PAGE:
During the first few weeks of life, a puppy’s primary activities are feeding, keeping warm and developing social skills. In most cases, humans will simply watch the mother dog provide all necessary care for her puppies. However, if the puppy in your care has been separated from his mother, or if the mother dog has rejected her young or cannot produce enough milk, caring for the pup is up to you.
How Do I Feed a Newborn Puppy? A mother dog’s milk provides everything the pups need during their first four weeks of life. If you are caring for an orphan or the mother is out of the picture, consult with a veterinarian for guidance on the proper way to bottle-feed newborns, as it is easy to cause harm by doing it incorrectly. The babies will need to be fed a commercial canine milk replacer. Be sure to use one specifically formulated for puppies, as cow’s milk and other milk replacer can cause diarrhea.
Puppies will need bottle or syringe feeding every few hours for several weeks.
How Often Should a Puppy Eat?
Puppies generally nurse at least every two hours in their first week of life. As they develop and grow, the intervals between feedings increase. At around four weeks of age, puppies can begin to transition from nursing to eating solid food. When making the transition to solid food, a high-quality dry puppy kibble can be soaked with warm water and milk replacer and blended to the consistency of gruel. This can be made available several times a day. Gradually, the amount of milk replacer can be decreased until the puppies are eating dry kibble by about 7 to 8 weeks of age. Consult your veterinarian for the exact amount to feed and for help creating a long-term feeding schedule suited to the puppies’ development needs.
How Much Should a Newborn Puppy Weigh?
The average birth weight for puppies depends on breed. During the first weeks of life, a pup’s body weight may double or even triple. Gaining 10 to 15% of birth weight daily is considered healthy. Pups who don’t gain adequate weight during this early period may not survive.
Should I Hold the Puppy?
Puppies should not be overhandled during their first two weeks of life, and care should always be taken not to upset the mother dog when handling. If you are hand-raising pups, handle them only as much as is necessary to keep them warm, clean and fed for the first two weeks of life.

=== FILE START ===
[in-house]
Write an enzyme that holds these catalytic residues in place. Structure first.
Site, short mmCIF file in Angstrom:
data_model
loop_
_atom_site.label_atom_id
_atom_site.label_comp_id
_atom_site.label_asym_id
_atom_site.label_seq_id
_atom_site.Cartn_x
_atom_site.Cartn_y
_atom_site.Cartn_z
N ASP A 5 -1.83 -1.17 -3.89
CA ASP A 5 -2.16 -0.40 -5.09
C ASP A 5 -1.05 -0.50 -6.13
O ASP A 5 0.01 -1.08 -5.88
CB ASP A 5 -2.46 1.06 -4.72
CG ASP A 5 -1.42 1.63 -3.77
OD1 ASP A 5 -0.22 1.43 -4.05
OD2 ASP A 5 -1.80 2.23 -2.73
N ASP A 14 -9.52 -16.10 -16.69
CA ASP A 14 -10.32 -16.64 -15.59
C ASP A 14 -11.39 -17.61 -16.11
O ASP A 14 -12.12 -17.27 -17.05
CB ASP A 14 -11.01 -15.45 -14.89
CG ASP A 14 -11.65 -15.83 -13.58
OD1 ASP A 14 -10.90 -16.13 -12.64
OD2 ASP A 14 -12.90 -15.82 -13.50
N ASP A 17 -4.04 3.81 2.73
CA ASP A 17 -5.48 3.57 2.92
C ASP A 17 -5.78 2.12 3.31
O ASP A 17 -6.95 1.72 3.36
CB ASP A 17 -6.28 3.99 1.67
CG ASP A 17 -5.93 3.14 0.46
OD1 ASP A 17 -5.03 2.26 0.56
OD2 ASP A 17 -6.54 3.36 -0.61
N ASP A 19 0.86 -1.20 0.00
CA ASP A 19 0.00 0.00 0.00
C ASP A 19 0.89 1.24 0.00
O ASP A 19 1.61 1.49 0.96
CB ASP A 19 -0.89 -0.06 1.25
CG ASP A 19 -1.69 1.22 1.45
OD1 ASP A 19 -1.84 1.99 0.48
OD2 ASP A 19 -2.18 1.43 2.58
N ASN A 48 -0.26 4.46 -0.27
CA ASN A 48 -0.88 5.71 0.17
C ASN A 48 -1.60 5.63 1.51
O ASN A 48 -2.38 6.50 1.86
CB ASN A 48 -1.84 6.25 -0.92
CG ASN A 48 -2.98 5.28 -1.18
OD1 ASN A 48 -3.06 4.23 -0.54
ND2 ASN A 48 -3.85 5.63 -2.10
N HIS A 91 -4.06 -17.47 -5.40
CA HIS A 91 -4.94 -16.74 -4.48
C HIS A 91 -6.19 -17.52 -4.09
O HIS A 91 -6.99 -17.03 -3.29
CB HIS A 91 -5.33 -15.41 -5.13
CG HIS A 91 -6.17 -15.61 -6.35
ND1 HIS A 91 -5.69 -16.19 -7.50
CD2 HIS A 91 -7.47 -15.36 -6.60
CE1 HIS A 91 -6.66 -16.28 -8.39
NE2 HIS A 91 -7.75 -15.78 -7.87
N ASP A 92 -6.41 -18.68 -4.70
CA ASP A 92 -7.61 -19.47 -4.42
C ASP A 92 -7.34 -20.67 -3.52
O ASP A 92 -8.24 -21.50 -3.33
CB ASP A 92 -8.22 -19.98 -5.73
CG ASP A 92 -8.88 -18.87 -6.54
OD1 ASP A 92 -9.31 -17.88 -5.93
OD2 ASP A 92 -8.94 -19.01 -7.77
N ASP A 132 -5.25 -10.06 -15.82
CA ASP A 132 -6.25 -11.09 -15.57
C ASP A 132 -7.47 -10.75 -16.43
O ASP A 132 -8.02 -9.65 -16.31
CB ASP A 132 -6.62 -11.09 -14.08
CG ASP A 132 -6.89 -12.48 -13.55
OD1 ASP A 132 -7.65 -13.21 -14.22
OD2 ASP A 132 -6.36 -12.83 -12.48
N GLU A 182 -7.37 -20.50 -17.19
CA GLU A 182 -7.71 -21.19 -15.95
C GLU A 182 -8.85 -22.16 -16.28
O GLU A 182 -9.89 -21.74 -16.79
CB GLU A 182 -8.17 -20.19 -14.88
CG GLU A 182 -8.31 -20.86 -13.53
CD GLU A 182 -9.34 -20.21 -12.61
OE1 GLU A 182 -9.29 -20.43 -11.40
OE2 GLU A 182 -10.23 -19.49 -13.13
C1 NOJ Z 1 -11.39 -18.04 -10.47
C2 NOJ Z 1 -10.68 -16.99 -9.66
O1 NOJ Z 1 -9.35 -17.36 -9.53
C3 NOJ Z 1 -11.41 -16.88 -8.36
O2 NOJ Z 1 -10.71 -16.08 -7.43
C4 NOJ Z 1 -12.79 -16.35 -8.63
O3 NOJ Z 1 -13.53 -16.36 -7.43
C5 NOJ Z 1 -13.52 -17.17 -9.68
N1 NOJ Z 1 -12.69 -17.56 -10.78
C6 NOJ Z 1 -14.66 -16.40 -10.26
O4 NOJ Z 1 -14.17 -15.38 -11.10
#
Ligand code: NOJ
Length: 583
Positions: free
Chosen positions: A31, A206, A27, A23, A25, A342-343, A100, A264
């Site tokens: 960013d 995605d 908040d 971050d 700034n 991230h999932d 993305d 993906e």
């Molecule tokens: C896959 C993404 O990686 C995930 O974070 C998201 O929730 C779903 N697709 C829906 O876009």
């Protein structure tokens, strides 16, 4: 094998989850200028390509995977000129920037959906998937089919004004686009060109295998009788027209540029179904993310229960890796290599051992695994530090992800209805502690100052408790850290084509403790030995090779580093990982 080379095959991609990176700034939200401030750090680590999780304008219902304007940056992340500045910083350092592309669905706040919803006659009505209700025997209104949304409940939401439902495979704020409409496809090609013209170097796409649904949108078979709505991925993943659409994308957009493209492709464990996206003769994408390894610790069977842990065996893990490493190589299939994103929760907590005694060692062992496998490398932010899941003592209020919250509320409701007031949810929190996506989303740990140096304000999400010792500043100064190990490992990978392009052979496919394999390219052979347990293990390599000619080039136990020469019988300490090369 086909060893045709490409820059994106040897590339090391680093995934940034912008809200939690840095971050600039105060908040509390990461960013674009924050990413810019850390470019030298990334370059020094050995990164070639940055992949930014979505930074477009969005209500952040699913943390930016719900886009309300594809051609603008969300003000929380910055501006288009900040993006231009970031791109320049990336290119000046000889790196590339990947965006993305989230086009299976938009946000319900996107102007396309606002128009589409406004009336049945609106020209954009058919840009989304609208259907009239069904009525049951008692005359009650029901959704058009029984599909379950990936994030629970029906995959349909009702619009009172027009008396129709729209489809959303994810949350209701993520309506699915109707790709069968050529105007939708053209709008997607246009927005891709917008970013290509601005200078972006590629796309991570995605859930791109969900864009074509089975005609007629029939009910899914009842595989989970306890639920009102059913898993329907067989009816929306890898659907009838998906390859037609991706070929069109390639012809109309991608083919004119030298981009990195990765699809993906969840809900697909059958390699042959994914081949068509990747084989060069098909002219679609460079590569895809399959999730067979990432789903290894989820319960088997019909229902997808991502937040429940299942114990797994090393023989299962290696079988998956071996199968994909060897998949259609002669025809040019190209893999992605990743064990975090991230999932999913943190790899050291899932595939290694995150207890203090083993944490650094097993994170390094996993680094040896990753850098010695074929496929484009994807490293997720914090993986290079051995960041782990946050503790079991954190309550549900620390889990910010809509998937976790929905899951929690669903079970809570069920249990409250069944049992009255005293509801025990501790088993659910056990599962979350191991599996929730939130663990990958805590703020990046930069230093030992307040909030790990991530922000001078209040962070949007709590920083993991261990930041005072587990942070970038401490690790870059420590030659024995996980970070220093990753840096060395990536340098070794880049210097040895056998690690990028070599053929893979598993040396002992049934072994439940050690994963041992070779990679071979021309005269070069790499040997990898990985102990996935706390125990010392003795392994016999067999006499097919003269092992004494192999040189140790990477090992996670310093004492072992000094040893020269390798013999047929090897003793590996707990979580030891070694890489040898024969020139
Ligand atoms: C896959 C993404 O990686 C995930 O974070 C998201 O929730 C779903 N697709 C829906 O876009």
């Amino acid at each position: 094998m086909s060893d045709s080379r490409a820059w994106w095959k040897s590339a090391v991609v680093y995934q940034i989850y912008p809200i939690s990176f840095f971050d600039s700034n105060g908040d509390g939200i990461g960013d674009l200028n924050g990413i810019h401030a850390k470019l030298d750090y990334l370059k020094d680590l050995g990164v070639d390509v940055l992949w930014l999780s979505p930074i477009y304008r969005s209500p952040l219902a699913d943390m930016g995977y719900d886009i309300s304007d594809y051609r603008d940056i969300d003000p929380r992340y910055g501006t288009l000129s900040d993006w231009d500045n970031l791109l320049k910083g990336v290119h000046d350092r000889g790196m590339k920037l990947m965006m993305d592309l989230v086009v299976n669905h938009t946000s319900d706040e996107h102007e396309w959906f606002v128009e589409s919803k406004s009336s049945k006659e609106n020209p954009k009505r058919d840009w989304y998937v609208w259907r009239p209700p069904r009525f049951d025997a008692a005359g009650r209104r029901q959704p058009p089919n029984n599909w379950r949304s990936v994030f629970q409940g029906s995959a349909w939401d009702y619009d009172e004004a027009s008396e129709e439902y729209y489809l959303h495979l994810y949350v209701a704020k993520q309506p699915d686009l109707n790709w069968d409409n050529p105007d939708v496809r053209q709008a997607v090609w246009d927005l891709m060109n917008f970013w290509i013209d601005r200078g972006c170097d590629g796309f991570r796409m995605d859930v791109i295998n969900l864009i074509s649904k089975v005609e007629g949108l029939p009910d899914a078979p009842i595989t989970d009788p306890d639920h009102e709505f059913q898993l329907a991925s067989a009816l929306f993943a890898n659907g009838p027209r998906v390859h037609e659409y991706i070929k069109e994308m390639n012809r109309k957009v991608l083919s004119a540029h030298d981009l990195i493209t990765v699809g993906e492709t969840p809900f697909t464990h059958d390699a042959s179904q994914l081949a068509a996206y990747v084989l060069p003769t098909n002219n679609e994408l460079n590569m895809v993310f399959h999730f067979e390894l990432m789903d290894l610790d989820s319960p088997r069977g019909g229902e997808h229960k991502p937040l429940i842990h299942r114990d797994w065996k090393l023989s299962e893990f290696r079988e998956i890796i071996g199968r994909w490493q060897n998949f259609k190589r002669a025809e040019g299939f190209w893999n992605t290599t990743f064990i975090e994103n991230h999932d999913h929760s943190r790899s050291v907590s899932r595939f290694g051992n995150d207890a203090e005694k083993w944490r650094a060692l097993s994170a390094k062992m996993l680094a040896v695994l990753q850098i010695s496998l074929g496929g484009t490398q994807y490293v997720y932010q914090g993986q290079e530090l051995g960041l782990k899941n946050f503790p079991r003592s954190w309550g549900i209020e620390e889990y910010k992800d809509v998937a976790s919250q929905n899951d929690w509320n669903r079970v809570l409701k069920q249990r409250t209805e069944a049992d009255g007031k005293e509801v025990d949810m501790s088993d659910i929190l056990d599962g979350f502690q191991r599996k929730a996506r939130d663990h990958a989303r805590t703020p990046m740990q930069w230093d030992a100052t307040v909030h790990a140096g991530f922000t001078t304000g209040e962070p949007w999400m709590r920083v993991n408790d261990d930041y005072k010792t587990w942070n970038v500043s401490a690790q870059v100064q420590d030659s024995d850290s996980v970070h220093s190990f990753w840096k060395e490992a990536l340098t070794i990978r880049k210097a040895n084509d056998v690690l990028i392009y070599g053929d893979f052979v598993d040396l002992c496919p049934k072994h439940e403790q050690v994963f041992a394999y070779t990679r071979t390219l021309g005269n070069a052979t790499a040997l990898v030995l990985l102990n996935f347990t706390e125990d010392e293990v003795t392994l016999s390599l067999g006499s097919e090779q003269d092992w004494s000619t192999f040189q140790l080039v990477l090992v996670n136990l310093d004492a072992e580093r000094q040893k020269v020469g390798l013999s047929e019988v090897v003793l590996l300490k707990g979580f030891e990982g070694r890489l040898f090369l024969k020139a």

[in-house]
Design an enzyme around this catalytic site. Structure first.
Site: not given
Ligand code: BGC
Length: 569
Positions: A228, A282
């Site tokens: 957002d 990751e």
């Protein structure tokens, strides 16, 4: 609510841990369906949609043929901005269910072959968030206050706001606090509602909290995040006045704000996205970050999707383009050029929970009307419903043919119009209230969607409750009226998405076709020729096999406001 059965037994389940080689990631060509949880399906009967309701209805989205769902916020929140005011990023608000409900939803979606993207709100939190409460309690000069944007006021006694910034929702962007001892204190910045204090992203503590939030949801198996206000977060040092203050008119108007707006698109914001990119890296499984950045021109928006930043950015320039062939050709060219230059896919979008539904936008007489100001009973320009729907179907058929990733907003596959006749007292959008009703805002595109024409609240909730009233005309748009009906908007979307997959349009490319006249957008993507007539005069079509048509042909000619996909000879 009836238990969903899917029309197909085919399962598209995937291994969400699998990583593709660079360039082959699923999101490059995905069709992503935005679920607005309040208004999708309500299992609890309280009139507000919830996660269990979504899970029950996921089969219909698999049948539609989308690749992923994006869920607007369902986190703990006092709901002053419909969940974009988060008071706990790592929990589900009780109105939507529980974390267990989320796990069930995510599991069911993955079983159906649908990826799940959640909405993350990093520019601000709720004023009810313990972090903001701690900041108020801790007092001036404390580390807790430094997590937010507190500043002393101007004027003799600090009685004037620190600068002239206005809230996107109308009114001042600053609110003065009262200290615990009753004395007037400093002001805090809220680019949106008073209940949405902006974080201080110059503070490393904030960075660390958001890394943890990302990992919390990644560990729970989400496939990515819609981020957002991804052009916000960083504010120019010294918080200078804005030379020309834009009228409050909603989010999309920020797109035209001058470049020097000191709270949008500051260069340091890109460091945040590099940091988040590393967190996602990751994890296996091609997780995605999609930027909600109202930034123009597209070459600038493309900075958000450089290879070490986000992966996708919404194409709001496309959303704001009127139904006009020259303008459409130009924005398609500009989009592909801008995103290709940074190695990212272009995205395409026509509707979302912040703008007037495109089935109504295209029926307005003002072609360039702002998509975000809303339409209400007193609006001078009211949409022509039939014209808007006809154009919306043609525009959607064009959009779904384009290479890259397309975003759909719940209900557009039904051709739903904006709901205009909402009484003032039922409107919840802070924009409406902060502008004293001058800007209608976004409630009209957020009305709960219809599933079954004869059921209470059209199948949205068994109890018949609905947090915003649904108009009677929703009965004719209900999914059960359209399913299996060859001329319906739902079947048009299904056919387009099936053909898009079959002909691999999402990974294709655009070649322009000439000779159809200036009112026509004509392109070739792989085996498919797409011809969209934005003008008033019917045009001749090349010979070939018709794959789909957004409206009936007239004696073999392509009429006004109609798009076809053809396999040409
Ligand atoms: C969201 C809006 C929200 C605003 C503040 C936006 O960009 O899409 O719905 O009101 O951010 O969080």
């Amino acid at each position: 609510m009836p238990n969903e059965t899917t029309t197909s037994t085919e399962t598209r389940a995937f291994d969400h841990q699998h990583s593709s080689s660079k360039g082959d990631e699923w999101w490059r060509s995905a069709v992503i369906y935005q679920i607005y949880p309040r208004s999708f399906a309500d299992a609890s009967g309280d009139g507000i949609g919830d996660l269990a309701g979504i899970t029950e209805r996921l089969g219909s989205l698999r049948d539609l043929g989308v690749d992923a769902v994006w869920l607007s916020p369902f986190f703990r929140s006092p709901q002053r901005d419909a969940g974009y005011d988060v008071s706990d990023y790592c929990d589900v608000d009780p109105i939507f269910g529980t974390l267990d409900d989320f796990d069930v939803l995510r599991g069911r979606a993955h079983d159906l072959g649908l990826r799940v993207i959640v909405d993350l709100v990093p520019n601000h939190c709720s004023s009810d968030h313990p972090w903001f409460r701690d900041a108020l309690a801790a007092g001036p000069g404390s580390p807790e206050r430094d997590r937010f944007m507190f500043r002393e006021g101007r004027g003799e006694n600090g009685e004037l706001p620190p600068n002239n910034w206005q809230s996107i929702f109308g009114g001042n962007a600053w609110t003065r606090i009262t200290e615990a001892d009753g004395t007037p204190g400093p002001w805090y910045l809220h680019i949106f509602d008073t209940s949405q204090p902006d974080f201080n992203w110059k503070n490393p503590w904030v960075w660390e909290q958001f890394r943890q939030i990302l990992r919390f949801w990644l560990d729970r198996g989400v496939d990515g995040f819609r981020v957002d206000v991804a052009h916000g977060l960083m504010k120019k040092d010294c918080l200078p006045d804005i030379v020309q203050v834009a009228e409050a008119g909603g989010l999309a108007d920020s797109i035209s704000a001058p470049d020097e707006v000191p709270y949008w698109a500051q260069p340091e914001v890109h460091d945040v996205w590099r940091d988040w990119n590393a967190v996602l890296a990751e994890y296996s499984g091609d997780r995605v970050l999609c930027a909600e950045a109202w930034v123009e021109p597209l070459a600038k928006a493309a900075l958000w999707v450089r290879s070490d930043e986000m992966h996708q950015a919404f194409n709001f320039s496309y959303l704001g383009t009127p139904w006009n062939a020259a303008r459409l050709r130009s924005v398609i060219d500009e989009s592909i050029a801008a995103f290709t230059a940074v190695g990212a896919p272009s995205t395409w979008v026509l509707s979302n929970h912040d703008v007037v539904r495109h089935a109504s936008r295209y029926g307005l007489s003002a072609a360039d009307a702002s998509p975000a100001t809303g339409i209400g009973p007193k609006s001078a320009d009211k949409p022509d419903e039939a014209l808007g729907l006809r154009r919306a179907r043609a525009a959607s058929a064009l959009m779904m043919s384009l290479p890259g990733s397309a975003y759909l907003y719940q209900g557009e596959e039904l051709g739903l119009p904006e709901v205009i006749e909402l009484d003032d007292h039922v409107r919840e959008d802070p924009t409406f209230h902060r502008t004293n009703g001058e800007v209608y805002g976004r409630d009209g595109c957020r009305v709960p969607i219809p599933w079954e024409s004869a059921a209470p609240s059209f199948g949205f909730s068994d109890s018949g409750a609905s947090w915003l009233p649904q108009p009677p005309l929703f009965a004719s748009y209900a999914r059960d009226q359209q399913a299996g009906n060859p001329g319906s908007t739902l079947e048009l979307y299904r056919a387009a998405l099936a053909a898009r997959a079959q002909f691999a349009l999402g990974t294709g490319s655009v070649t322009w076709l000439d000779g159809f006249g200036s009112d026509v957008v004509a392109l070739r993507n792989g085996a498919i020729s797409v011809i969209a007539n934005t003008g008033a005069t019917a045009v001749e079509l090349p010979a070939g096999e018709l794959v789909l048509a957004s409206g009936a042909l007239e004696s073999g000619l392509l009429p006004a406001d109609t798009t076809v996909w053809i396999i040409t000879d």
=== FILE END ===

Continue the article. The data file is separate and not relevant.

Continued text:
Make sure they are staying warm at this tender age—a well-monitored heating pad or warm water bottle wrapped in a towel will do the trick. Starting at three weeks of age, try to gently handle the puppies in short sessions a few times every day—this is around the time their vision and hearing are kicking in and their teeth are beginning to develop and is considered an important time for socialization. Please take care not to allow children to do any handling without adult supervision, and not until the puppies are at least three weeks of age.
How Can I Teach a Puppy to Go to the Bathroom?
During their first few weeks of life, puppies are unable to urinate and defecate on their own. Dog mothers instinctively stimulate their babies to excrete waste through licking. If you are raising puppies without a mother dog, you will have to assume this—luckily, you can use your hands instead of your tongue! Dip a soft washcloth or a piece of gauze in warm water and gently massage the anal and urinary regions after feeding. The warmth, texture and movement mimic a mother dog’s tongue. It is vital that you do this, so have your vet coach you on methods of encouraging newborn puppies to relieve themselves. Puppies begin excreting on their own at about three to four weeks of age.
When Should Puppies Have Their First Vet Checkup?
Assuming the pups appear healthy, most veterinarians recommend that they receive their first round of standard vaccinations at six weeks of age. Deworming and a physical examination can begin at an early age. Consult with your veterinarian to schedule your puppies’ preventative health plan. However, you should call your vet immediately if a puppy exhibits any of the following symptoms:
- Lack of appetite
- Poor weight gain
- Difficult breathing
- Constant crying
- Pale gums
- Swollen eyes or eye discharge
- Nasal discharge
- Inability to pass urine or stool